Despite interest from a handful of NBA teams before the start of the current season, former Duke star and ex-Charlotte Bobcat/Hornet Gerald Henderson elected to have hip surgery and miss the year.
As for how that rehab process is coming?
“I feel great,” Henderson said via phone on Thursday. “I’m at the kind of phase where you can actually start moving a bit. Not full speed, but some limited jumping and limited. ... not running yet, but the beginning stages of running. I’m trying to train myself how to run physically, powerfully.”
Henderson’s hip issues began in 2011 with Charlotte, when he had surgery to repair a torn hip labrum. Then in the summer of 2015 with Portland, he underwent left hip arthroscopic surgery. Last season with the Philadelphia 76ers, there were points throughout the season when Henderson would have to sit to cope with his hip pain. Rather than continuing to suffer through that, he elected to try and resolve those issues on a more permanent level.
And while that means Henderson will miss this season, he said there’s a benefit he hasn’t experienced for most of his life.
“I feel fresh,” Henderson said. “I’ve had since mid-April, and I can’t think of a time in the past 15 years where I’ve ever been able to just focus on my body and not play. I wish I was playing now, but I’m just focusing in and put 100 percent of my time into my body.
“It gets tough at times, you watch games and you want to be out there, but I’m a realist. This is the card I’ve been dealt, and I know it’s a privilege to play basketball, so I’m willing to do all the work to get back and do what I love.”
Closest comparison on Duke roster?
During the rehab process, Henderson said he’s been receiving treatment at his alma mater, where he starred from 2006-2009. That means he’s had a firsthand look at the current Duke roster, which is ranked No. 1 in the country.
“They’ve got a lot of talent on this team, a lot of young talent, so that’ll be just the biggest challenge for them going forward,” Henderson said. “How can they stay on track, how they make up for the things they lose in experience with their talent – and so chemistry will be huge for them.”
But of the current Blue Devils, there isn’t one who matches Henderson’s skill set. But there is one who stands out somewhat like the 6-foot-5, 215-pound Henderson.
“If there was one player, I’d say maybe Gary Trent Jr.,” Henderson said of the 6-6, 209-pound freshman. “A bit different games in term of athleticism and he shoots the 3 better than I did, but he gets into the midrange and shoots midrange shots like I used to, and defends. The one thing I notice the most about him is his attitude, his demeanor.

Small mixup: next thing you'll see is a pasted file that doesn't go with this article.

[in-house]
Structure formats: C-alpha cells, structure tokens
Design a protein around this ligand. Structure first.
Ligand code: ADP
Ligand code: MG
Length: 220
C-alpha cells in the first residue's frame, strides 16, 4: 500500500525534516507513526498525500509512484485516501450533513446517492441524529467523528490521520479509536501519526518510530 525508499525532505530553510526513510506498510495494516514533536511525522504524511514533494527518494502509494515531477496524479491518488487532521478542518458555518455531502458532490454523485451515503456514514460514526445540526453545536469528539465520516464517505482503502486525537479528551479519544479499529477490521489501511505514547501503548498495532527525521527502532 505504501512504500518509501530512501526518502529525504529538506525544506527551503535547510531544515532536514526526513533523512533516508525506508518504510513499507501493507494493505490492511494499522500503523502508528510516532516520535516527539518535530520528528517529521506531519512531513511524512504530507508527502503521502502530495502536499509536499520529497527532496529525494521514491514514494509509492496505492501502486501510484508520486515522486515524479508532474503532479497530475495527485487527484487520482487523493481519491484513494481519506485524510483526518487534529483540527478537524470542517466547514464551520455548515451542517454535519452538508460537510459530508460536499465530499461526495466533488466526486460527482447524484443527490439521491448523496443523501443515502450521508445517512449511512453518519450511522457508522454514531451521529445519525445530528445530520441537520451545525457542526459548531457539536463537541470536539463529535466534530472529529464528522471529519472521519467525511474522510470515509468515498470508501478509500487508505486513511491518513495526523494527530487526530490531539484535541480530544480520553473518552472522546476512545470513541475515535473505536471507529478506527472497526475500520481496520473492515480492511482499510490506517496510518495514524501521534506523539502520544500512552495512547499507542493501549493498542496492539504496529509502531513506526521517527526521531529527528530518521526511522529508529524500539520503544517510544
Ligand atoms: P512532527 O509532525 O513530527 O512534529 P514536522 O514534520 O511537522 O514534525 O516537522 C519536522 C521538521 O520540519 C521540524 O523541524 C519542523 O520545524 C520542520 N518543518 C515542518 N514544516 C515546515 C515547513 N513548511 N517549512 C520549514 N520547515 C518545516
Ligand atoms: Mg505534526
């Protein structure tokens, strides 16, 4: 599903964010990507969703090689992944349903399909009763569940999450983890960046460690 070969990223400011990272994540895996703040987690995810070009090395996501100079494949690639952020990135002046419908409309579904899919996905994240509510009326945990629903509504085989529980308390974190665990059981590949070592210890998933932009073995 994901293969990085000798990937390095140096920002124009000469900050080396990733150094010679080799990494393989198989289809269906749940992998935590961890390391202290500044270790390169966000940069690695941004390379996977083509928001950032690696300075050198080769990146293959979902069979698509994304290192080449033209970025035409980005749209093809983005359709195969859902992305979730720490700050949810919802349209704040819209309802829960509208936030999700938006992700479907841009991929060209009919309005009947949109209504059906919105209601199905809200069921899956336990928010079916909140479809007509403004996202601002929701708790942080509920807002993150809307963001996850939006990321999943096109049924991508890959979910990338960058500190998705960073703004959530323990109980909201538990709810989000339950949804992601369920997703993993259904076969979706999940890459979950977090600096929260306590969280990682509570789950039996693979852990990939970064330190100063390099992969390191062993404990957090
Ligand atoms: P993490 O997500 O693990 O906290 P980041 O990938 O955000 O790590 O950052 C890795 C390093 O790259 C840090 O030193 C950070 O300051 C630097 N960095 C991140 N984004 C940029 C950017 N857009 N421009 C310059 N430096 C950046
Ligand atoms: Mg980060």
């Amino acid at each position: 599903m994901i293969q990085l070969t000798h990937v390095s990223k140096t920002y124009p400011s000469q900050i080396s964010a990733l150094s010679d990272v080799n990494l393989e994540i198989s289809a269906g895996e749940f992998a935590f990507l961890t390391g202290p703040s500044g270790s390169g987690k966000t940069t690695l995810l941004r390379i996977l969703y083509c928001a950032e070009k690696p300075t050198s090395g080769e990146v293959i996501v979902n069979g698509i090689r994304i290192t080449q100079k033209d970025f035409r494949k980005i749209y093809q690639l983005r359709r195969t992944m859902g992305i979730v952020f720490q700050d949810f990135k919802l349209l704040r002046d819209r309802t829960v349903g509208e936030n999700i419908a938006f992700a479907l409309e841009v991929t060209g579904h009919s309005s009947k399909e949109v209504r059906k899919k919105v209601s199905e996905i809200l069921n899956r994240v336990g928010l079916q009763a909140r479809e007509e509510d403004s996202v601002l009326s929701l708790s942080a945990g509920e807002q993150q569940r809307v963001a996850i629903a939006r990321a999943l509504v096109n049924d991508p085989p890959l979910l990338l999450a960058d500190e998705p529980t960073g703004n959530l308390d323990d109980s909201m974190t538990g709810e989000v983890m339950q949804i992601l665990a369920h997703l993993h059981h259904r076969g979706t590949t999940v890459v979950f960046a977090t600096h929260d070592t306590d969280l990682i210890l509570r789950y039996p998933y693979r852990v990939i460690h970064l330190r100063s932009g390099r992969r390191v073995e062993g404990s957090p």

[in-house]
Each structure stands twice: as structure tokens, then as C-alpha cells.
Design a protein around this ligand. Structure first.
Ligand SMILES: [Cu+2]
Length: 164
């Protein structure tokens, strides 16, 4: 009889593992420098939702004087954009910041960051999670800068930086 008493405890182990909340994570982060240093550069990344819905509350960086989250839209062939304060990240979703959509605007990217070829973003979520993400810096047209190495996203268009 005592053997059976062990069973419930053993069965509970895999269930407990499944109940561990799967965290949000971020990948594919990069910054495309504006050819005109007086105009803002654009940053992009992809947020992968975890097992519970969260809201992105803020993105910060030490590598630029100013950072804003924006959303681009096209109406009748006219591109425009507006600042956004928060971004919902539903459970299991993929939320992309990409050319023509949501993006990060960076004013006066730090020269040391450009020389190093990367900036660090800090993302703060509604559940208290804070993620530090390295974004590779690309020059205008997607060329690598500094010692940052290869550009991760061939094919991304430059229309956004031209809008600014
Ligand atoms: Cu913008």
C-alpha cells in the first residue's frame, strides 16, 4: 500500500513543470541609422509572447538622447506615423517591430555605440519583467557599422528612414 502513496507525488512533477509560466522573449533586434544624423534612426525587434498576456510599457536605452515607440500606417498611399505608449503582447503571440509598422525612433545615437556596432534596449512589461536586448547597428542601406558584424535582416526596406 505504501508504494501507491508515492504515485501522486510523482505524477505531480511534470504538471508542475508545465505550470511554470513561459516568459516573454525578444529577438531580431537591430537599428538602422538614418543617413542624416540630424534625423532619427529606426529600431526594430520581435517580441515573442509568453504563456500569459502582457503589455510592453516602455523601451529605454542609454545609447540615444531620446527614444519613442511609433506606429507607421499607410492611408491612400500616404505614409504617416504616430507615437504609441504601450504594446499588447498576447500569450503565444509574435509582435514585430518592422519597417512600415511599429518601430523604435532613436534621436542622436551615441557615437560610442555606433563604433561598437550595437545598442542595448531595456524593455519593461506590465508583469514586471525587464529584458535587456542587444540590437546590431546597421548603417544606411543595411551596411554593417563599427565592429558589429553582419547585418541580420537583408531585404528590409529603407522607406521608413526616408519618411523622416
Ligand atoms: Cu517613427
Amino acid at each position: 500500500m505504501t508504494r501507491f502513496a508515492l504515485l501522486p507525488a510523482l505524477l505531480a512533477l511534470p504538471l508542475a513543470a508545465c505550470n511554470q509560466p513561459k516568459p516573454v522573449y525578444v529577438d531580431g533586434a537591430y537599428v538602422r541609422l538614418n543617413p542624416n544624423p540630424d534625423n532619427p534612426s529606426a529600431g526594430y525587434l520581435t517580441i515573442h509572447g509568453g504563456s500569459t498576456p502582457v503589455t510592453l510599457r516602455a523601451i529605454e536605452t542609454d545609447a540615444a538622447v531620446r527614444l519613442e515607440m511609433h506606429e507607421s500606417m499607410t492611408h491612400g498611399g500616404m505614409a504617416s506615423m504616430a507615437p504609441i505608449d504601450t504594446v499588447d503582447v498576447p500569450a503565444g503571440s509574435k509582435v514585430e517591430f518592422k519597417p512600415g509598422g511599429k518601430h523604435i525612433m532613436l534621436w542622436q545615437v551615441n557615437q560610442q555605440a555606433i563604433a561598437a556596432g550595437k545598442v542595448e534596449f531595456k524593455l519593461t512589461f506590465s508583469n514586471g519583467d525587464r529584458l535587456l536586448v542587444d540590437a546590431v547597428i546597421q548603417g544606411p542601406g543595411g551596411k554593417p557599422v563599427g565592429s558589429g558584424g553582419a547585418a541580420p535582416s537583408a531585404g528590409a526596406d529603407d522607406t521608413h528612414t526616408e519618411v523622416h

“He comes into every game with a serious mindset, coming to take numbers, man, and I like that. He comes from an NBA family like myself, so I think that’s where he started that.”
Trent – whose father played nine years in the NBA – averages 11.9 points and 4.8 rebounds. Those numbers most closely mirror Henderson’s sophomore year, when he averaged 12.7 points and 4.7 rebounds.
Keeping up with his coaches
Henderson’s NBA career has taken him from Charlotte to Portland to Philadelphia, but his best seasons were in the Queen City. He remains close with Hornets point guard Kemba Walker and coach Steve Clifford, who is away from the team dealing with health issues.
“I’m actually sitting here preparing a text message to send to Cliff, want to check on him,” Henderson said. “I’m not sure what the health issues are, but I just hope he’s OK . It’s tough. I just hope everything’s all right with him because he’s a great guy, great coach, and just want to see him healthy.”
As for Henderson’s college coach, Duke’s Mike Krzyzewski, he’s dealt with health issues of his own in recent years. Krzyzewski missed several games last season having back surgery, but he has returned healthy this season. With Krzyzewski, 70, getting older, there have been questions about his longevity with the Blue Devils. But Henderson said there’s no guessing how much longer Krzyzewski will coach.
“When I was here, I thought he was only going to do it for another few years, and now it’s 10 years later,” Henderson said. “I can’t put a timetable on that.”